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Chhattisgarh’s wild buffalo gives birth to a female calf
Udanti, March 13, 2015: At 4:40 AM on March 12, 2015, Udanti-Sitanadi Tiger Reserve’s only surviving female wild buffalo (Asha), gave birth to a female calf after a string a male calves giving hope to conservationists who have dedicated their lives in protecting and conserving Chhattisgarh’s highly endangered state animal. Asha and her newly born calf (Kiran) are healthy and are being monitored by a team of experts from Wildlife Trust of India (WTI) and Chhattisgarh Forest Department.

The natural mating was recorded on April 28, 2014, at wild buffalo WTI’s rescue centre in Udanti WLS and the gestation period of the newborn was 10 months and 10 days. The wild buffalo is listed in Schedule I of the Wildlife (Protection) Act, 1972. With less than 4000 individuals estimated to be remaining in the wild, the species is also classified as endangered in the IUCN Red List of Threatened Species.

“This is very good news for us which would be critical in the conservation of Wild buffalo population in the state. I would like to thank our entire team for their efforts and also our technical partner WTI for playing a wonderful role in conservation of wild buffalo,” said Shri K.C. Bebarta, APCCF (WL), Chhattisgarh.

WTI’s Udanti Wild Buffalo Recovery Project aims to stabilise the population of wild buffalo in Udanti Wildlife Sanctuary, Chhattisgarh by implementing a number of ex situ and in situ interventions. A WTI survey estimated that not more than 50 individuals survived in three sub-populations in Indravati National Park, Pamed and Udanti Wildlife Sanctuaries in Chhattisgarh. In 2007, the survey established that only seven wild buffaloes remained in Udanti and that only one of them was female. In addition to the critically low population, wild buffaloes in Udanti also face threats in the form of extreme competition for resources from livestock, conflicts and habitat degeneration among others.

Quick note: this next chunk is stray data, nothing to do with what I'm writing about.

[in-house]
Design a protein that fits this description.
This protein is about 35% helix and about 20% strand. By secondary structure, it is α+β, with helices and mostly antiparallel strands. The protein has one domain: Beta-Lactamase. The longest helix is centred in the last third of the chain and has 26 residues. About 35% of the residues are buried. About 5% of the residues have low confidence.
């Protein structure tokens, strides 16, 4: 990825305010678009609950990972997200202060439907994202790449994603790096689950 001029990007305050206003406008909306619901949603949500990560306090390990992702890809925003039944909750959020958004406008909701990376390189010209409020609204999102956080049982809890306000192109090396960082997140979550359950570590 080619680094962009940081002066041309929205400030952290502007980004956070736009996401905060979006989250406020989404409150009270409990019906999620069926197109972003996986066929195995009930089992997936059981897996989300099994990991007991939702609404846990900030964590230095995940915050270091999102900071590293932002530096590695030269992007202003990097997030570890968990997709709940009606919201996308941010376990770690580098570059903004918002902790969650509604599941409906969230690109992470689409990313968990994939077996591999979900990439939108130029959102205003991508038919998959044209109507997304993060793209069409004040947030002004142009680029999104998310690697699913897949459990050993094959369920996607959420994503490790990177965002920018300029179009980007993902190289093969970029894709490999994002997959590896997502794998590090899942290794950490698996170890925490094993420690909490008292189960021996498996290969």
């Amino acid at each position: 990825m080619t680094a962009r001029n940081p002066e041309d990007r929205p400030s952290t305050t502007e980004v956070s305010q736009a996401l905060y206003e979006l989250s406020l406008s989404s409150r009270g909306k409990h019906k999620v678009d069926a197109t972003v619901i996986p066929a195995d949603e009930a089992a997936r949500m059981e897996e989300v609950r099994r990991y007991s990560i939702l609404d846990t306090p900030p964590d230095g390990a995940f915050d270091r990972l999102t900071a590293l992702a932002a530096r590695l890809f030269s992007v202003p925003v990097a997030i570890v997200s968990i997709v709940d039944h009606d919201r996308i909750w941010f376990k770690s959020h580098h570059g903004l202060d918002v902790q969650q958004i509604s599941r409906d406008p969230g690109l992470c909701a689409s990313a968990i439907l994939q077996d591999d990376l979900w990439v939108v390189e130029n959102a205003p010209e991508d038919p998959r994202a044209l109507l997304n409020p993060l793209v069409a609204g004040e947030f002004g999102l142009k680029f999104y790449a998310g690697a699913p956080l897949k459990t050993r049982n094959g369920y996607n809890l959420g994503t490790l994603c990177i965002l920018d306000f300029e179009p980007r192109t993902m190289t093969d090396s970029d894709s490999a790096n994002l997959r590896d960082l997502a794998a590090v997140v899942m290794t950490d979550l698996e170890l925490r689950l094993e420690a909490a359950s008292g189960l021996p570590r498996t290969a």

The estimated population of the wild buffalo in Northeastern India, is roughly around 2800- 3050 individuals, and constitutes the largest population aggregate within the Indian landscape today, accounting for almost 92% of the world population.

The WTI helped the Chhattisgarh Forest Department prepare a five-year Action Plan for the recovery of the wild buffalo population in Udanti. The Action Plan which was subsequently approved by the governing council of the project comprised three basic objectives – ensuring zero unnatural deaths of the remaining individuals, habitat improvement, and population augmentation by re-stocking (especially females) from closely-related populations or conservation breeding. WTI also helped to forest department to submit a proposal to MoEF, Govt of India, under the species recovery plan during the year of 2012. The MoEF has approved the project and provides more than Rs 110 lakhs per year to the state under the recovery plan.

“This is a very special day for me and I have been eagerly waiting for this day since last the 10 years. We have put a lot of effort in trying to save this highly endangered animal and this day would go a long way in protecting this magnificent species,” said Dr. R.P. Mishra, Head, Wild Buffalo Recovery Project & Regional Head-Central India, WTI.

In 2014, in a first of its kind experiment, National Dairy Research Institute (NDRI), Karnal, successfully cloned Asha and produced a female calf through the Hand Guiding Cloning Technique. The female calf was named “Deepasha” and was born on December 12, 2014, by normal parturition.

“This day will be remembered for long in wild buffalo conservation in the state. It is great news for all those associated with Buffalo Recovery Project and I wish to congratulate the Chhattisgarh Forest Department and WTI team for their efforts in conserving this species,” said Dr Rahul Kaul, Chief Ecologist, WTI.

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